Gkourlias: Our department is actively engaged with the curriculum council. This council has been active for almost one full school year ...We have representatives from the administrators' union and the teachers' union who are collaborating on the agendas for that meeting and looking at what priorities for curriculum and instruction we want to bring forth collaboratively. The lens that the curriculum council brings is how to bring standards for identifying when curriculum review should happen, and when it will happen, and also bringing in the appropriate resources and materials.

The process would be for the curriculum council to vet content as it becomes available if we're using digital content, for example, and also to ensure that we're doing it in such a way that it is aligned with the values and the cultural needs are recognized.

Adele Bovard, Deputy Superintendent, Administration: As Deputy Superintendent of Administration, there's really two sides of the house. The mission critical of any district is student learning; so we all keep that in our sights, and we're all unified by that mission to have our students succeed, grow, learn, thrive, and be prepared to be good citizen as they graduate from our schools. The thing that I am most concerned about with this initiative is that it is grant funded at the moment, and as a systems person we have this influx of resources with the Smart bond monies, and knowing the budget like I do, how do we make things sustainable?

How do we sustain these resources and plan for the future even while we're getting this influx of resources? What can we do as a district to be smart about how we expend our finances now and set in place a system that will sustain for students with the digital influx?

I think that we're working on a couple of initiatives. We can't do this just within the school so we are actively networking with our community, with the city of Rochester, with our foundations, talking about digital literacy, talking about the importance of city WiFi, which is another initiative we're heavily involved in with the community because it is going to take this whole village, this whole city to get behind this kind of transformation. That will then really parlay to our students’ success.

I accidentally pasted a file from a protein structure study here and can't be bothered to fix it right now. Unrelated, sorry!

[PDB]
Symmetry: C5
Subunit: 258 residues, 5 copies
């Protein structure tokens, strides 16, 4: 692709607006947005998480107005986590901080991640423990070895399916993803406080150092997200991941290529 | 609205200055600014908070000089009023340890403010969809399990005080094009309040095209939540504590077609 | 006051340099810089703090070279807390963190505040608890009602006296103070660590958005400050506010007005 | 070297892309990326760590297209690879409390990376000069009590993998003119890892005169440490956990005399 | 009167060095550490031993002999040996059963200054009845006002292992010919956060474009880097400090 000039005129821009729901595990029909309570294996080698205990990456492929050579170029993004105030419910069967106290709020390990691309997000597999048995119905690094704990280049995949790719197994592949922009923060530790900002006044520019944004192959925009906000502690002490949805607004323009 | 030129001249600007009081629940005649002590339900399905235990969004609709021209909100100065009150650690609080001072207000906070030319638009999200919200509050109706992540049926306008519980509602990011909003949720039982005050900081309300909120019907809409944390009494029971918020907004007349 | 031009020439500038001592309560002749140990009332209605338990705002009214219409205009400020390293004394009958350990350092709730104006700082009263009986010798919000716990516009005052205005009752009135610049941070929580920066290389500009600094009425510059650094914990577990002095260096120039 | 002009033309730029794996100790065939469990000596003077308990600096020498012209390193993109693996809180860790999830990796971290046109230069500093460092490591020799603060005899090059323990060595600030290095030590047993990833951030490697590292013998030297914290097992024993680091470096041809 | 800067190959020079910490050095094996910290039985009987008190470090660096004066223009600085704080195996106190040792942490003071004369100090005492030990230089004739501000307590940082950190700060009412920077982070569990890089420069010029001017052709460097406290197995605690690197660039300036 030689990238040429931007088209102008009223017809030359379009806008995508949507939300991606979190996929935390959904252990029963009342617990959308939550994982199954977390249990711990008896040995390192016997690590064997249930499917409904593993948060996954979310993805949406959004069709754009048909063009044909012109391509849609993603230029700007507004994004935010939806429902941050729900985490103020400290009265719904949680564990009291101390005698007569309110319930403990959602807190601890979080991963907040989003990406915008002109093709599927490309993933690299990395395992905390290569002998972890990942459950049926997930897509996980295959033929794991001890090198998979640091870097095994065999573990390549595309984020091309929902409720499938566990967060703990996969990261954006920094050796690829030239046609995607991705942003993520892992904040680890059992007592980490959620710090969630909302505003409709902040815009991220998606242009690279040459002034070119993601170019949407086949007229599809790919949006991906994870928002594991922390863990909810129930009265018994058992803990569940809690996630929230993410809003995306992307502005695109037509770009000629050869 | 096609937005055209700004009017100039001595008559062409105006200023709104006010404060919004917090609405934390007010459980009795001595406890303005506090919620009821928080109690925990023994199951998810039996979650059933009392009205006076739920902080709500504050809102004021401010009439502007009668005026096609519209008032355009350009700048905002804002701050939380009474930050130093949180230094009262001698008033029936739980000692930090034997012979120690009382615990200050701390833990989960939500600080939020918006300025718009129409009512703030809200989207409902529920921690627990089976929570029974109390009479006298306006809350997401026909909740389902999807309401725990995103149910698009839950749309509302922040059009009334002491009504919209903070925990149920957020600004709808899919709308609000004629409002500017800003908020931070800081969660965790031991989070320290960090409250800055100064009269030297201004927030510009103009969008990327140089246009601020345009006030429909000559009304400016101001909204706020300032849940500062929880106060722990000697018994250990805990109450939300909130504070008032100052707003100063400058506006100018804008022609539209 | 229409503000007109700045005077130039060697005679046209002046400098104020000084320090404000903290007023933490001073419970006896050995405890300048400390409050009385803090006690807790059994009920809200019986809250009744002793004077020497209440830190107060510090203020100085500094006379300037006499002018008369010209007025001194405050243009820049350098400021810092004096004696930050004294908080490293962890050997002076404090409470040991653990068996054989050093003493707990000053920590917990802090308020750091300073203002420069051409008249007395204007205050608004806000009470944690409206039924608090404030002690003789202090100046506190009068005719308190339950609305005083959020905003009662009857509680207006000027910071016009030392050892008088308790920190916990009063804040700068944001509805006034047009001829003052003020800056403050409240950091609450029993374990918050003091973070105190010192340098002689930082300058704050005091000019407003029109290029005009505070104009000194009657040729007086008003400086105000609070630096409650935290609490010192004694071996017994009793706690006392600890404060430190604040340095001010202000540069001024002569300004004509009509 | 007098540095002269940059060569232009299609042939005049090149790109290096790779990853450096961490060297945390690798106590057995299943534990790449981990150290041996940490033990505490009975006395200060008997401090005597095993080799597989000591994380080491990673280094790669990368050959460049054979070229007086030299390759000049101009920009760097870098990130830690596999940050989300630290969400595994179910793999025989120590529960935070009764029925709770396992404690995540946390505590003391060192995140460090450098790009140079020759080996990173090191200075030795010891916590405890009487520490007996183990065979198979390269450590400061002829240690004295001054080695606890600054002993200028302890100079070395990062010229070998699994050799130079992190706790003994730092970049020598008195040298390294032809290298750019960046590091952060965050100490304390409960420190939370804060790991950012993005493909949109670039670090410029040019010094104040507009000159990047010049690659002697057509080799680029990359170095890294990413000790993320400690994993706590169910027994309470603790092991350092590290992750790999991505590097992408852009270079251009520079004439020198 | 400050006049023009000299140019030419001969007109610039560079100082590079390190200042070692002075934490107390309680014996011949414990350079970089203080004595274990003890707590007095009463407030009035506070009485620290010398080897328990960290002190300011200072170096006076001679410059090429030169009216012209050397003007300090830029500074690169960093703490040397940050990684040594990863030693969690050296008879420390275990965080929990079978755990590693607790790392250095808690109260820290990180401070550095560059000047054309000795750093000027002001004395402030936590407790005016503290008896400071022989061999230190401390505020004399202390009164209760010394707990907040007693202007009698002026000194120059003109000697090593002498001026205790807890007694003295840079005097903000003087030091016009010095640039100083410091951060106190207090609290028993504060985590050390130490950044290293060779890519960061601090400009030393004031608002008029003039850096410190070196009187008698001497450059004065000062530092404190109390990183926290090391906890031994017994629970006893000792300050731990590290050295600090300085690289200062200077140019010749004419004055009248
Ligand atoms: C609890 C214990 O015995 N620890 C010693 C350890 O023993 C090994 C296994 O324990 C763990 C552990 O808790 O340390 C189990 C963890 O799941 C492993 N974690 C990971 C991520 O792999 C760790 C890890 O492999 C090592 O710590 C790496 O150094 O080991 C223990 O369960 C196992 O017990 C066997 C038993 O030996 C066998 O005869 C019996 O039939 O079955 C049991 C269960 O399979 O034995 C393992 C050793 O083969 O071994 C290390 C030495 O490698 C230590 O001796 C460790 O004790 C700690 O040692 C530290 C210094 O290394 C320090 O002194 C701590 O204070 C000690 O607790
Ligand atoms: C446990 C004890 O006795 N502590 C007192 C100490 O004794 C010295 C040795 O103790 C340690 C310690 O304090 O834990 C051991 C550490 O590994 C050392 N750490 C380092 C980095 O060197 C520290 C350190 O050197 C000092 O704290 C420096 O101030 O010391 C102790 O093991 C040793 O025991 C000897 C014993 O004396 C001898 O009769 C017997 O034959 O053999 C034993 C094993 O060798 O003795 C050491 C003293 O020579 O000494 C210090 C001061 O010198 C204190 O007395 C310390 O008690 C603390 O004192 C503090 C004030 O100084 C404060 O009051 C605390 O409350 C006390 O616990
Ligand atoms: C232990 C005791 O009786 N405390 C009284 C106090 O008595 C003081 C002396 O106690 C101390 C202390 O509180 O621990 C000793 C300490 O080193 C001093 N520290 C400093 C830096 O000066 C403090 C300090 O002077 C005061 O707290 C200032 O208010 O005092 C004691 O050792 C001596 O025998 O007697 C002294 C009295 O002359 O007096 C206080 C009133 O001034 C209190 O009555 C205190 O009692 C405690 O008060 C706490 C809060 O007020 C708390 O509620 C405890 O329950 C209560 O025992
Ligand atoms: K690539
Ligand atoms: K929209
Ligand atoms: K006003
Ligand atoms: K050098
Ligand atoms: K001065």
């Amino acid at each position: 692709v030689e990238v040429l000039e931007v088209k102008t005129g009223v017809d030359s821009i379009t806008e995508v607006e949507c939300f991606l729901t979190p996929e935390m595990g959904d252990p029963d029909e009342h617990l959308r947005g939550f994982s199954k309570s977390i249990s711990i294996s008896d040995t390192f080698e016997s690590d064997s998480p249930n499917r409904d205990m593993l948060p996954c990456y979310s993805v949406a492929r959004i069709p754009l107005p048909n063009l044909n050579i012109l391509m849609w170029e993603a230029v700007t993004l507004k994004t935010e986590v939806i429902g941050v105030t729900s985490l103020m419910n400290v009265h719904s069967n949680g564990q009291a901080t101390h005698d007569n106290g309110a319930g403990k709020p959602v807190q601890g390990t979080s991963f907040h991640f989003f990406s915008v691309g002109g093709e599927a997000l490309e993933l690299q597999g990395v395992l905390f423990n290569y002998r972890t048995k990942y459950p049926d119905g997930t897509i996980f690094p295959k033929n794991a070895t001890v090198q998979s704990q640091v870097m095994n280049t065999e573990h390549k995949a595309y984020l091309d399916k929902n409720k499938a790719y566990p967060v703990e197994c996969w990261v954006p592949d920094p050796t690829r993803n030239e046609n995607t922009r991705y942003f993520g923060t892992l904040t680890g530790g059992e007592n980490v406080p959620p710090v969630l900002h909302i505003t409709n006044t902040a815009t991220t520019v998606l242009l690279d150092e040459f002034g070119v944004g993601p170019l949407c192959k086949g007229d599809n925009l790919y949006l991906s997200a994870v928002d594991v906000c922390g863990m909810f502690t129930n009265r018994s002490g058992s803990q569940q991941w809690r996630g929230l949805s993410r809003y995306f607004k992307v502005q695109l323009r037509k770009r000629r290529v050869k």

On the human resource side, I think that it is really important that we use this as a screener. This digital literacy, use it as a qualifier when we look for teaching candidates.

Lehner: If I could just add to the professional development... We know [that] without the professional development for our teachers and administrators there is no sense in putting all of this technology out there if the teachers don't know how to utilize it effectively in order to change their teaching practice. We know that where we are today as a district, we can't remain where we are today.

We're ripe for a change. We must increase our student achievement rates, and so by embarking on this, we are hopeful that this will increase student engagement and better prepare our students for college and careers after their education experience in Rochester.

The professional development is going to be an absolute necessity and what that is going to require is funding resources, which are not part of the Smart School's bond funding so we must allocate and make certain that we hold that funding as a priority for the professional development. It's also going to take coordination because we must be able to have time with our teachers to provide them with this professional development training.

Education Week: If I were to walk into [a] random school how are you using technology right now and when you have the phase-in, in three years, how will your district be different? What do you imagine?

Lehner: I think that as you go through our schools you see a big variety right now. You'll see some teachers very comfortable and everyone has a SMART Board in their room. Yet some teachers are using it so exponentially so much more, in deeper ways, than other teachers may be using it just sort of as that white board application. You'll see varying degrees in the teaching, but you'll see students being universally more comfortable with the technology that they have. When you go into a classroom, and you see the application of the Chromebooks, I am impressed with the level of differentiation that can happen with students because a teacher is so much more comfortable when every student is engaged on that device allowing students to really follow their path and differentiate in strand where their interests are, where their abilities are, and when you go into a school that has a cyberlounge or a school that has OCR lab, you'll see lots of good engagement. And I agree right now we have it sort of in different phases so that’s the goal and the challenge as we go through with this implementation. How do we get to a standard expectation as a district.